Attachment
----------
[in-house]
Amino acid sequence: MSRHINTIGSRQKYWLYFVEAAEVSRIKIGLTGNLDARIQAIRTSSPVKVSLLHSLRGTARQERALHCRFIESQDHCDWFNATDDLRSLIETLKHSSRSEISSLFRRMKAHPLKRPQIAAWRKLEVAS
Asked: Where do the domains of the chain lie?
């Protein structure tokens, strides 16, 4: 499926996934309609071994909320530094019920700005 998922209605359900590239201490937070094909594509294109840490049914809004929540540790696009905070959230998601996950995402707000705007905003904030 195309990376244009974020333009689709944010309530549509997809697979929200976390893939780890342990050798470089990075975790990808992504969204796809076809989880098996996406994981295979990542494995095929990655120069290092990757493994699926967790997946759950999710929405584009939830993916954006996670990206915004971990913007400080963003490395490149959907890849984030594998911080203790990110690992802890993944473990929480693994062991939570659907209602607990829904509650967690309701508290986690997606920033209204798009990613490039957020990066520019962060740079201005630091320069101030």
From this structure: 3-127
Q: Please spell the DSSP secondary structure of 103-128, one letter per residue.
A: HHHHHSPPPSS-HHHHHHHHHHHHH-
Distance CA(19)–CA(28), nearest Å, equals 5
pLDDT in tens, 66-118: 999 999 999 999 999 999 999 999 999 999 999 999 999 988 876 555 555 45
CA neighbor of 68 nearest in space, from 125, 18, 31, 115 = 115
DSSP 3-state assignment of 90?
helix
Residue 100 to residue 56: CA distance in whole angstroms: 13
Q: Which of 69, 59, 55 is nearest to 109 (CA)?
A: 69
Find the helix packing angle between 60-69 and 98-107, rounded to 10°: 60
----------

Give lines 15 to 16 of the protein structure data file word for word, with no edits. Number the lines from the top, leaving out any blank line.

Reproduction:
A: 69
Find the helix packing angle between 60-69 and 98-107, rounded to 10°: 60